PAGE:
If I’ve learned anything valuable in life — it is to be like the palm tree. Bending during the storm doesn’t make you less of a man. It enables you to survive without breaking — without being uprooted. In sharing this, I don’t mean to minimize your plight. Only to say that I empathize and feel compassion.

    Thank you for having the courage to share so personally.


    • Thanks so much for the kind words and for the analogy of the palm tree. Also, I apologize if in my post it seemed as if I was stating that women can’t possess the same qualities of a man, that wasn’t my intent at all. Anyone can be courageous or brave. Both fear and happiness are a choice. It was my dad that taught me that accidentally.

      I’ve no doubt that I’ll get through this with the help of one other person in particular, it’s just that I don’t feel I have much fight left in me, but sadly, there’s no one else to deal with this pressing issue.

      The inability to resolve the issue quickly or remotely close to not ruining vital relationships has me wore down.

      Thanks again for the kindness and hug. It helps more than you know!

      • “I’ve no doubt that I’ll get through this with the help of one other person in particular, it’s just that I don’t feel I have much fight left in me”

        I’m glad you are not going it alone. I come from hurricane country, so I was always amazed that the palms were the main and sometimes the only survivors of trees in long droughts and catastrophic storms — especially if they were in groups. That is to say — don’t brave the storm alone. Sometimes these palms would bend to the point that they were laying flat on the ground during the storm, but would soon rise when the storm passed. I’m glad you are not going to your room to cry alone. In other words, that you are not isolating yourself during this trial. Even if you don’t share the details with us — and even if we can’t offer the help or solutions you need to improve your situation, we are still here for you, nevertheless, even if it’s just to read/listen and offer a few encouraging words.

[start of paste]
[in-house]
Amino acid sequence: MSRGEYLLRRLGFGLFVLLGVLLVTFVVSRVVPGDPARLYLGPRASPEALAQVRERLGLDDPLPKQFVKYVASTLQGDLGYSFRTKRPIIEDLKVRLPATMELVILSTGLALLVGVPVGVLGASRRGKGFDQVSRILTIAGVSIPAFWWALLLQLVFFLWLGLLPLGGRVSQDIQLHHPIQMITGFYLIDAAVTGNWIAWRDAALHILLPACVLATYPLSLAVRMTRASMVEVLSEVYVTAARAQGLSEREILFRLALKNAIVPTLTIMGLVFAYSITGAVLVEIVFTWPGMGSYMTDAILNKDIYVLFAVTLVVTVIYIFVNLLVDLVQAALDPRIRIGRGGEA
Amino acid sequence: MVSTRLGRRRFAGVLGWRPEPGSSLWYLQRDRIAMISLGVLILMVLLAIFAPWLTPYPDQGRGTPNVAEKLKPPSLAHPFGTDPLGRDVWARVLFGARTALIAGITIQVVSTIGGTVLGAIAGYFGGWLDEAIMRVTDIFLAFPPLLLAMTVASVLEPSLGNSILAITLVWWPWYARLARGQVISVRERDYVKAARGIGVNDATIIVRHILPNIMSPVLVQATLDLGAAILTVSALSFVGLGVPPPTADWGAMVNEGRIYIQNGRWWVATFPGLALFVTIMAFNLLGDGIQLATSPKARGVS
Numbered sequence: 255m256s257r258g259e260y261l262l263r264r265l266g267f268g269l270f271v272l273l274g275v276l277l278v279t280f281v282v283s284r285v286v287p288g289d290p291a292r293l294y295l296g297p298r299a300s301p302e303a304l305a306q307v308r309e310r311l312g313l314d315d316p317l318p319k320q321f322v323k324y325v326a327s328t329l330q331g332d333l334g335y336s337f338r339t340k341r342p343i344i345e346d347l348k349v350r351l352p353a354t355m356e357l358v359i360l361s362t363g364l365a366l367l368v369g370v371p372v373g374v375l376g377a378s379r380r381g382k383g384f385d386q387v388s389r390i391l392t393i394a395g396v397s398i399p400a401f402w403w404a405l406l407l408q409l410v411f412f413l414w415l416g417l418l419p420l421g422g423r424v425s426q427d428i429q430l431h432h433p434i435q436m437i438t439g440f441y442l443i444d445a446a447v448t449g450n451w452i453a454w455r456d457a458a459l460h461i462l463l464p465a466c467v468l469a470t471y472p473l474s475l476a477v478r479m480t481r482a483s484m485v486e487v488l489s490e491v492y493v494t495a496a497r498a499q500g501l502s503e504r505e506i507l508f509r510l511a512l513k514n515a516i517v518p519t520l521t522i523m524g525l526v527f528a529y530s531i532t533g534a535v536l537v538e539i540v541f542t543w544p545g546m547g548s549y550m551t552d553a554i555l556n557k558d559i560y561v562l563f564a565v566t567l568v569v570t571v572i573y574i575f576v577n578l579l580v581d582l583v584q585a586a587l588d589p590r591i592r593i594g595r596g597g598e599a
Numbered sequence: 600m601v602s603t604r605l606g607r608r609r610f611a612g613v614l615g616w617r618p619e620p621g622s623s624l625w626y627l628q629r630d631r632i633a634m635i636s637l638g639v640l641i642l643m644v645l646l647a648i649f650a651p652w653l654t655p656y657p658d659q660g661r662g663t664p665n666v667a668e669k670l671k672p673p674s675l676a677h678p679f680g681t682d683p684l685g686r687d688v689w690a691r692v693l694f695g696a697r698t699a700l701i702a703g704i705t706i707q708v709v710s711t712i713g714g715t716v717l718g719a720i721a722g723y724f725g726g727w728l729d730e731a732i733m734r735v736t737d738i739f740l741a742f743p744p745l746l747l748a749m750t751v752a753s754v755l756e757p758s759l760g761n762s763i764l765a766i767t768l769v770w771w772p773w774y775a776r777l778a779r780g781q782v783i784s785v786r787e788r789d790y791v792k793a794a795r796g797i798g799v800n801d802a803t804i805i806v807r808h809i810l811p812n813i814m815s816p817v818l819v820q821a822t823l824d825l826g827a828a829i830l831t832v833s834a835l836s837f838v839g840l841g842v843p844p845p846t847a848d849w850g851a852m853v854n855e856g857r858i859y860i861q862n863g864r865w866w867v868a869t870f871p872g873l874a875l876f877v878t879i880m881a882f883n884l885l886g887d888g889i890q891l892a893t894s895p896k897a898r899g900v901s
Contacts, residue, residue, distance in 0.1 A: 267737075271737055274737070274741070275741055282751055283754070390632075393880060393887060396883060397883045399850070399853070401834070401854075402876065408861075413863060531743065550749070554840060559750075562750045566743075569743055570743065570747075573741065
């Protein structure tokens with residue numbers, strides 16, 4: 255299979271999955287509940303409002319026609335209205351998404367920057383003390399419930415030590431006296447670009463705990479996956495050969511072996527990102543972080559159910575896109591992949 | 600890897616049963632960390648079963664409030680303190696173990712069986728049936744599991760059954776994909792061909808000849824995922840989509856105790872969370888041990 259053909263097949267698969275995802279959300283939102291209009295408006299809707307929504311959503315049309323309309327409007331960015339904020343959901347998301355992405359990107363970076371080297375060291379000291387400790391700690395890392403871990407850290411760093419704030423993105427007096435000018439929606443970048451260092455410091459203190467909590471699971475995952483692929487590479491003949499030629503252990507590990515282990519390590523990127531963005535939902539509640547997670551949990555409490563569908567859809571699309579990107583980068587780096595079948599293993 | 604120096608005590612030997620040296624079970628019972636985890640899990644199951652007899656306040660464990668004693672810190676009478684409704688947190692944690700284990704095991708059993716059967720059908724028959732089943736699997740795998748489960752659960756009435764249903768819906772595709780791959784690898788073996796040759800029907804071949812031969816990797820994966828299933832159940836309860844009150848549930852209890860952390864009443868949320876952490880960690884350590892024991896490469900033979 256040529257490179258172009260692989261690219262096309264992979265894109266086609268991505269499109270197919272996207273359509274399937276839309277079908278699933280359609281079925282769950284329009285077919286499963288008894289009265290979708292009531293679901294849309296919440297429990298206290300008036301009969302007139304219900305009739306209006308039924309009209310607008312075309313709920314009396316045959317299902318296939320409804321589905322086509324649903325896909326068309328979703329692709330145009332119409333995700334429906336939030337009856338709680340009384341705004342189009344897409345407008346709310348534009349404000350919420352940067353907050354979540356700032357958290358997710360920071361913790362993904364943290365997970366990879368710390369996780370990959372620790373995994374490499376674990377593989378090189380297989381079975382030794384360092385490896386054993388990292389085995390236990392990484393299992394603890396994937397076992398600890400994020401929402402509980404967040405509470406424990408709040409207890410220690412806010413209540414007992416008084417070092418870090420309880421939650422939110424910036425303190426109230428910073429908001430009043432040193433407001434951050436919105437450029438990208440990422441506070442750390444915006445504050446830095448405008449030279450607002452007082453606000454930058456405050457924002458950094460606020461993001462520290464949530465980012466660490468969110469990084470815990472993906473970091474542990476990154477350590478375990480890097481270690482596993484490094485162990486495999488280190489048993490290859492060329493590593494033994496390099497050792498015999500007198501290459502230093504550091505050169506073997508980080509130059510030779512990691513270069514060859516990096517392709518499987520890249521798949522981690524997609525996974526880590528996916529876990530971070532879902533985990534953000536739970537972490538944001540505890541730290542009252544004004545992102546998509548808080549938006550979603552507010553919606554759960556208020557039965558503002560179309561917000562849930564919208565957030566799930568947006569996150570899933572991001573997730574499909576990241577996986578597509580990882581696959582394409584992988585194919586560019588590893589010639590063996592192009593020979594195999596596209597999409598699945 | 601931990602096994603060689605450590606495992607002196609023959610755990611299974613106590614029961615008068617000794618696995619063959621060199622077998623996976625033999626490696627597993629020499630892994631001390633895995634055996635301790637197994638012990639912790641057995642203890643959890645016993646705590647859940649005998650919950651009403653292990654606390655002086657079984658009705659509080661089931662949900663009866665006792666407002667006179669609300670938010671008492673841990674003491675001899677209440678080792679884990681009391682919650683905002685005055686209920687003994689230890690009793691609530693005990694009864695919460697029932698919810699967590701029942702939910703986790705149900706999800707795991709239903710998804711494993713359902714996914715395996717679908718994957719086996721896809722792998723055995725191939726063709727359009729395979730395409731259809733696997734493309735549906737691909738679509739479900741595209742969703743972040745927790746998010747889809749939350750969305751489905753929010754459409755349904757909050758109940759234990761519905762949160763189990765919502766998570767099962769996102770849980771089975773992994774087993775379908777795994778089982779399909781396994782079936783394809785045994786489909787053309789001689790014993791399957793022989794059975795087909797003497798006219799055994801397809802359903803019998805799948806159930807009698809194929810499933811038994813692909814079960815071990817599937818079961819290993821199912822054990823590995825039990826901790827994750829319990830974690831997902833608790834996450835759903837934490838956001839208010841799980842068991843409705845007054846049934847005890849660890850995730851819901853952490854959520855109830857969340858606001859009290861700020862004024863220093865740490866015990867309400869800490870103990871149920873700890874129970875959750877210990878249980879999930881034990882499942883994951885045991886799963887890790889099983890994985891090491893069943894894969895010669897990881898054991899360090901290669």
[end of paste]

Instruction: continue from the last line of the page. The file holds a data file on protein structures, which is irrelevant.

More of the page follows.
If you are experiencing excessive mind chatter that is affecting your sleep and focus, or if you would like to find ways to help you manage your stress during this time of hardship, I would be happy to share effective, non-invasive, no cost ways to curtail both stress and mind chatter. while improving focus. These methodologies got me through some serious rough spots. Feel free to email me if you’re interested. My email addy is located in my gravatar.

  2. With the deepest respect, Nate, I think your definition is slightly askew, bravery has nothing to do with being unafraid – there are rare cases of people with no, or a damaged, fear center in the brain – these people aren’t brave, just fearless. Bravery involves being scared sh*tless, but pushing ahead anyway, because it’s the right thing to do.

    Been there, done that, had to throw the pants away.